I am sure you all know about philosophy, you all have an idea of what it is and who are philosophers.
But did you know that you have already done some philosophy at one point or another? Because philosophy isn’t a discipline only for old wise men and young idealists, it’s for everyone, we’re all philosophers.
You have probably asked yourself, or discussed with others a philosophical question without knowing it because all questions that can cause a problem, that create reflections and other questions are philosophical.
And it can be on an extremely wide range of subjects, ourselves, the other, time, history, politics, happiness… So you see that there is a great chance that, you have already had philosophical thoughts. There is a persistent cliché about philosophy stating that philosophers write about their own times so that what they’re saying doesn’t apply to us.
But it is completely false, an antique philosopher doesn’t only talk about antiquity, he talks about humankind, he talks about us. And despite all the technological advances, human nature doesn’t change, we still talk about consciousness, the definition of time, we still don’t have an absolute consensus on what is moral and what is not.
Introducing Philosophy: Where to Start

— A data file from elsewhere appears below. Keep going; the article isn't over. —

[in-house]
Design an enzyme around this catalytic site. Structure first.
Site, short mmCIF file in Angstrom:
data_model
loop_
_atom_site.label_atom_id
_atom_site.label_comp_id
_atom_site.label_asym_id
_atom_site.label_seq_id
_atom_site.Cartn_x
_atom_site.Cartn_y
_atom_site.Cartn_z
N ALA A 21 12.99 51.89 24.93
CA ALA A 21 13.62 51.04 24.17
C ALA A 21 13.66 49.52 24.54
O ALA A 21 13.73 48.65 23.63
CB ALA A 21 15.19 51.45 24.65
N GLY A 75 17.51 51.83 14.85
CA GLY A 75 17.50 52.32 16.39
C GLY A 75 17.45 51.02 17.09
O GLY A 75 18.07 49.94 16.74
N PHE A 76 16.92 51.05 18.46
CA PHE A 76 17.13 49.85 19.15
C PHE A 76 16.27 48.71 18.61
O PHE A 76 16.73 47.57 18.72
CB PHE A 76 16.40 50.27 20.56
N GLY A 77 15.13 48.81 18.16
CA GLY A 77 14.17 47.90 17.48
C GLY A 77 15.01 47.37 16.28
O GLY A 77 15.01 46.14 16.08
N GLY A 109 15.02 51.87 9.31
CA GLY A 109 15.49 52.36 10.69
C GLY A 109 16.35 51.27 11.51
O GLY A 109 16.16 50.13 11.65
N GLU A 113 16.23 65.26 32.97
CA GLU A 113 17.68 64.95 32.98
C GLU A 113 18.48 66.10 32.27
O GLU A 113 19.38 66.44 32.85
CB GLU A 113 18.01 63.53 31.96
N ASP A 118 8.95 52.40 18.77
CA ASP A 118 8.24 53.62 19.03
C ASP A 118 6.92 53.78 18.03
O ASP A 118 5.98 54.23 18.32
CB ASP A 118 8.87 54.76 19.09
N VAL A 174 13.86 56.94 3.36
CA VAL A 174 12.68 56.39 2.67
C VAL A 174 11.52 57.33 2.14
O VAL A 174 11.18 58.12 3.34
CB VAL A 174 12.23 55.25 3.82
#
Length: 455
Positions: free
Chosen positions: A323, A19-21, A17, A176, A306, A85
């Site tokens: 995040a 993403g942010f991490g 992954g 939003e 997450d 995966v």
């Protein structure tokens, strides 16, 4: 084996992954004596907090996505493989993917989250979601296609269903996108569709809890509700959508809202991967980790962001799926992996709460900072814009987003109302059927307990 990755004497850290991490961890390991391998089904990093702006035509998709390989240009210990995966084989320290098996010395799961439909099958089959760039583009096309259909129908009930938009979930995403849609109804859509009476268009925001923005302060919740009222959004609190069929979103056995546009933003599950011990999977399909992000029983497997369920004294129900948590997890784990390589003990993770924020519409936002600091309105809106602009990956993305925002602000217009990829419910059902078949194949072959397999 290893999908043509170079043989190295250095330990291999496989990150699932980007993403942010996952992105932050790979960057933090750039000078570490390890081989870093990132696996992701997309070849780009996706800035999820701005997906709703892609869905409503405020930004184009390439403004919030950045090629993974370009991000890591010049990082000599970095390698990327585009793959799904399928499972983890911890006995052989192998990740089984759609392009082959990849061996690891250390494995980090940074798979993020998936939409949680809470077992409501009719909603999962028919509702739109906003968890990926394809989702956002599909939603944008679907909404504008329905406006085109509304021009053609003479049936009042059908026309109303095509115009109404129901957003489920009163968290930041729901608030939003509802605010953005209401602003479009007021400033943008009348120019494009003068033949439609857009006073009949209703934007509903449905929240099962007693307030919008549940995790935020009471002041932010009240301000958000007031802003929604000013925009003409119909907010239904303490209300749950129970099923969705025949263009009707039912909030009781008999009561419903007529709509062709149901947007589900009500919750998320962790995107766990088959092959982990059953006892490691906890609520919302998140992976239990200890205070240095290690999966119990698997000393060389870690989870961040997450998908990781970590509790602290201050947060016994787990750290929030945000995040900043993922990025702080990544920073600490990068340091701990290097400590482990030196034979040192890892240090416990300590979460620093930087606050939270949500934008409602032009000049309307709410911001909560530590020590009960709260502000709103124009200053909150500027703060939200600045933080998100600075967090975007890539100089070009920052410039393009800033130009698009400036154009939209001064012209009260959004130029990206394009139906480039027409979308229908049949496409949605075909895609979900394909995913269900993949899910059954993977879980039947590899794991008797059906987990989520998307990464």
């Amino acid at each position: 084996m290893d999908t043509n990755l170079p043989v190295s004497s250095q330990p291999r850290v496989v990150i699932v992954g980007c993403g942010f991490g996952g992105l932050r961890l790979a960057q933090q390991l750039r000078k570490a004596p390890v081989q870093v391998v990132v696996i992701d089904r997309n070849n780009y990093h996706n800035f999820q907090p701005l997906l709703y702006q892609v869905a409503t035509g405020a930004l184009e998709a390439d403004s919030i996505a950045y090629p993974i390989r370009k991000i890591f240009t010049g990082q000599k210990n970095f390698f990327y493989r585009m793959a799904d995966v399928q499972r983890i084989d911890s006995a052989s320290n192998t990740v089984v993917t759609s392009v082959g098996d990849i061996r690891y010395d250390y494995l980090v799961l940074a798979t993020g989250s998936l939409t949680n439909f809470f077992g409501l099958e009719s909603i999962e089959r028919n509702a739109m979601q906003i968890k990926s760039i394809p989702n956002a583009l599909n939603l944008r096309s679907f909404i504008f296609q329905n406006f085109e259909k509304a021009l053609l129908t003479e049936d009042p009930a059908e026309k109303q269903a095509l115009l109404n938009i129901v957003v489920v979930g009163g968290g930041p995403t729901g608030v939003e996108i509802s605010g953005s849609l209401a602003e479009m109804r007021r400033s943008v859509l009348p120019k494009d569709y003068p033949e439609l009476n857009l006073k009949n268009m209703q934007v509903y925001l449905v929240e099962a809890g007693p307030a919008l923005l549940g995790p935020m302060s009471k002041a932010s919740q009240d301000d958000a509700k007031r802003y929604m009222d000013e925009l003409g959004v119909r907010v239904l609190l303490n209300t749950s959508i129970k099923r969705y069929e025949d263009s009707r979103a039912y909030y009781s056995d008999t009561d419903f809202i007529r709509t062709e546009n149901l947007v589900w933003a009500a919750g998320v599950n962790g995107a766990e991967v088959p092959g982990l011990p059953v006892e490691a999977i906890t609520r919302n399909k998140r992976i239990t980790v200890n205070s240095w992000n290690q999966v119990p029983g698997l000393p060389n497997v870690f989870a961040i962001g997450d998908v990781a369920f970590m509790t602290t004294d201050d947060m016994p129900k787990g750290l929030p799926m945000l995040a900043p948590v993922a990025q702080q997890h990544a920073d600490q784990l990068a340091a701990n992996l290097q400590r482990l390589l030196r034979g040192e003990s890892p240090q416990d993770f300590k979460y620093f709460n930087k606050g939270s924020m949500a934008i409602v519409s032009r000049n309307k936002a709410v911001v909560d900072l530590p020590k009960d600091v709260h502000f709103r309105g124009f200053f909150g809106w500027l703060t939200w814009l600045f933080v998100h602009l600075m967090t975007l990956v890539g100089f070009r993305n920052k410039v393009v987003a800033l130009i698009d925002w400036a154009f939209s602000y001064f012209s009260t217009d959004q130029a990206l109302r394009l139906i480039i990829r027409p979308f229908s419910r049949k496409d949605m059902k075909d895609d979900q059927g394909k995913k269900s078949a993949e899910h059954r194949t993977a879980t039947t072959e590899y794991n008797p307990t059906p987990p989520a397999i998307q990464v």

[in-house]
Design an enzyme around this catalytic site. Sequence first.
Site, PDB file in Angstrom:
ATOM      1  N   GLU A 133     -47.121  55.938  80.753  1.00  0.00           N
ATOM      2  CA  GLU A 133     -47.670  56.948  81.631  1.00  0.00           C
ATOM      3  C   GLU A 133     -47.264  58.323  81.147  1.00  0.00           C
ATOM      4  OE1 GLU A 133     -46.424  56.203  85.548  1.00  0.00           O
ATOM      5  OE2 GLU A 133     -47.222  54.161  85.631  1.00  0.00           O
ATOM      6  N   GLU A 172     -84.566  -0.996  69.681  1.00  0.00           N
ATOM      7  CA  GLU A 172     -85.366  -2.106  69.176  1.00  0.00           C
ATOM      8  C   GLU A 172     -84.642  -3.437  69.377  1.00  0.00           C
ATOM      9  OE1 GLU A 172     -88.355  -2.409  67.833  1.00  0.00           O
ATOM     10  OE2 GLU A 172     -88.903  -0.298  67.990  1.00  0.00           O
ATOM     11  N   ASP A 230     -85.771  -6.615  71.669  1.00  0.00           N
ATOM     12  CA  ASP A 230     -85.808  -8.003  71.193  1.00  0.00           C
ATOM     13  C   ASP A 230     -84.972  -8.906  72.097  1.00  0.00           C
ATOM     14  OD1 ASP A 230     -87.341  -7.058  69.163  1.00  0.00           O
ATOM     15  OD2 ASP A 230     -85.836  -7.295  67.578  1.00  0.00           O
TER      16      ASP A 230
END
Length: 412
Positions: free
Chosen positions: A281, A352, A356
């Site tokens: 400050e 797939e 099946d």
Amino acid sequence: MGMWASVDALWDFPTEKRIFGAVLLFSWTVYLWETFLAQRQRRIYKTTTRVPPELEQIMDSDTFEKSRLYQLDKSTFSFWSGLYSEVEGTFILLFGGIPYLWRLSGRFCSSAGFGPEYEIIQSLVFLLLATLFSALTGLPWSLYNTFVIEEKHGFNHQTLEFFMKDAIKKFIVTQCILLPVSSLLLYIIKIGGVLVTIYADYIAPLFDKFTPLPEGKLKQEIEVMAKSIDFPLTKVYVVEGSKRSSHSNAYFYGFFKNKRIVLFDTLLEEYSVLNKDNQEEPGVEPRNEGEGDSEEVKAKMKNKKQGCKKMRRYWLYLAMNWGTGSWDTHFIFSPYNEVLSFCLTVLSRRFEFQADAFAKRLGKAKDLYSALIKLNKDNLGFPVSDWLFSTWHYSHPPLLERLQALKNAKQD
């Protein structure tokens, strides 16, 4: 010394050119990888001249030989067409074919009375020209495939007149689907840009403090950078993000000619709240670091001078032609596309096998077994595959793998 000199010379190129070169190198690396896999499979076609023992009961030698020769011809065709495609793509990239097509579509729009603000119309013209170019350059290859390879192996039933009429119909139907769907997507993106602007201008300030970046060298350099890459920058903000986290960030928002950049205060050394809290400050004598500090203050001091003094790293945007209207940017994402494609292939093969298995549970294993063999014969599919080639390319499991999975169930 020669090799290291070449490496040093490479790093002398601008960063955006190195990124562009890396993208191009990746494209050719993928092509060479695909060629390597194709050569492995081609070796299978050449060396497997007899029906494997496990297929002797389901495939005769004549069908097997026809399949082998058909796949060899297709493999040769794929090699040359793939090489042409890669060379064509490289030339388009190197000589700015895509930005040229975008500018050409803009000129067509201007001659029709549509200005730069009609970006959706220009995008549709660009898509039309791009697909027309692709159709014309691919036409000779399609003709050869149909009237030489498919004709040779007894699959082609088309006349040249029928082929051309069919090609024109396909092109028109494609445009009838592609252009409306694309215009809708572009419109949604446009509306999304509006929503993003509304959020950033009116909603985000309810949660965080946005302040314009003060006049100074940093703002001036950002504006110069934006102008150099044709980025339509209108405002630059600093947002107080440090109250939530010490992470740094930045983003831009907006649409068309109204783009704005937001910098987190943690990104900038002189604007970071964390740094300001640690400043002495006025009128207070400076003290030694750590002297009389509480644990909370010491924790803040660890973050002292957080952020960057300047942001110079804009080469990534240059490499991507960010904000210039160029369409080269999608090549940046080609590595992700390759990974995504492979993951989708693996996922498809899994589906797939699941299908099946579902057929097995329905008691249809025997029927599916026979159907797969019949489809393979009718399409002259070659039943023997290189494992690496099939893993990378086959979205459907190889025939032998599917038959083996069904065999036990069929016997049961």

The first thing we’re told when we start studying philosophy is that we have got to read a philosophical text as if it’s talking about me, and it is true because we are all part of humanity, and despite what we tell ourselves, we’re all part of the masses.
If most philosophical questions don’t die out and become obsolete, it is true that there always new ones emerging, because science and our knowledge of the world is always evolving, we now have questions about Artificial Intelligence, data protection or transhumanism.
But you’re probably asking yourselves what is it doing there, why is LearnBlue talking about philosophy? Well, as I said, we can find contemporary problems in the old philosopher’s texts, as old as Plato or Aristotle, and most of those problems are treated in the SDGs, education, equality, justice, poverty, ecology… We can find all of this while reading Plato, Kant, Karl Marx, Rousseau, Montaigne, Hannah Arendt and many others that I am going to make you discover through this new chronic on our blog: Philosophy for a Better Future.
A title which perfectly embodies what I believe is the ultimate objective of Philosophy: trying to figure out how to make humanity and our societies grow in morality, in sustainability, in maturity.
With this column, I am going to teach you about philosophy and sustainable development, and I am going to debunk another very persistent cliché about philosophy: its uselessness.
Well, spoiler alert, it’s not. Philosophy can change your way of looking at life, change your way of being, make you more tolerant, give you ideas to live by and make you care about others, and it can promote a sustainable way of life, as I will show you.
So through this new column, at least once a month, I will present a philosophical question, treat a great philosophical theme and/or make you discover a great philosophical theory, all of it linked to the SDGs. And I will try to transmit what you could call Philein Sofia, the love of wisdom, which made the word Philosophy.